The proudest moment of this run was my first kill. Ok, not a real kill, but whenever you passed another runner you took credit for the kill. For the race, my total was 7 kills while only being killed twice. Tim had about 50 kills. Our team total was around 100. So my share was small but positive.
With limited recovery time, stretching was crucial before and after each run. Given the logistics of having the van almost always in motion, it was also pretty challenging. After each leg, the finishing runner needed a few minutes to at least cool down, then the van had to load up and drive 15 to 20 minutes to the next handoff area, discharge the next runner to get warmed up, the old runner to stretch, and get ready to receive the current runner... The timing was usually fine, unless the tired van driver got lost in the middle of the night on windy back mountain roads trying to follow sketchy directions with limited cel phone coverage. We never missed a handoff but there were some close calls.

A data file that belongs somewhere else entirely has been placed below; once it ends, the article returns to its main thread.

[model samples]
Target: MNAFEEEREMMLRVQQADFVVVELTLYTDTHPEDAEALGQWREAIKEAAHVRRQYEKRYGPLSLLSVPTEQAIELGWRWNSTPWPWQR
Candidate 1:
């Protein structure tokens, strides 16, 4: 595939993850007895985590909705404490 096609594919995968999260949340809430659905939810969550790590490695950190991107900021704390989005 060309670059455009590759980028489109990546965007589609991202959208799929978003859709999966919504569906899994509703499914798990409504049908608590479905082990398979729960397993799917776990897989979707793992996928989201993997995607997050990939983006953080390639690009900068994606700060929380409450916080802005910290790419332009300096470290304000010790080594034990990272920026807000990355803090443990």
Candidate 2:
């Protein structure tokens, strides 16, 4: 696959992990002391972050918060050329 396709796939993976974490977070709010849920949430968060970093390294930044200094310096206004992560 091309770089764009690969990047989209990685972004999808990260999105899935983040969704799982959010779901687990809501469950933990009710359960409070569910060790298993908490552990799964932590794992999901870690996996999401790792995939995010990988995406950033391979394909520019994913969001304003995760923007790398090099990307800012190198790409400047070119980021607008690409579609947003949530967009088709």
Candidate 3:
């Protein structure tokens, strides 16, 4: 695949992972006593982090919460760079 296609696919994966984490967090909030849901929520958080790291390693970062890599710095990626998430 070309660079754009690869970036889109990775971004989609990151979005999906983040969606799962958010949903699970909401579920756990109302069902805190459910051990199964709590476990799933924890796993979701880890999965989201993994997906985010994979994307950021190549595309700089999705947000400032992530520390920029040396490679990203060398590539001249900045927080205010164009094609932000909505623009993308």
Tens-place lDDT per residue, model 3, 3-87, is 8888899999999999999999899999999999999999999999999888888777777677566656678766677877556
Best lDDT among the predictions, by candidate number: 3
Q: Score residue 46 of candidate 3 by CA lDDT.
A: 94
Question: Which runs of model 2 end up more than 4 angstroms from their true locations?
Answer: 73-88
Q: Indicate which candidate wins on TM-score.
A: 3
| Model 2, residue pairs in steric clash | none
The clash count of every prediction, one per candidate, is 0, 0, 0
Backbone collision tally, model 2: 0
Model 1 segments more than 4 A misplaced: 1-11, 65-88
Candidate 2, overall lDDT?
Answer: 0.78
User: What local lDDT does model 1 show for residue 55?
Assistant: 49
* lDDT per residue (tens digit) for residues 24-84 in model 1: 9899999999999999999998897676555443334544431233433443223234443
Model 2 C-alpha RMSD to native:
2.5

Leg 4 was the most challenging of the runs, primarily because of the limited recovery time since I was picking up Paul's dropped leg. The route itself featured a gradual uphill for the entire distance - set your treadmill incline to 3.0 and start running! The run itself was fairly uneventful, other than picking up 2 more kills and running at pace I didn't think possible. Oh, and the beautiful green mountainous backdrop and crystal blue sky that emerged as the fog burned off.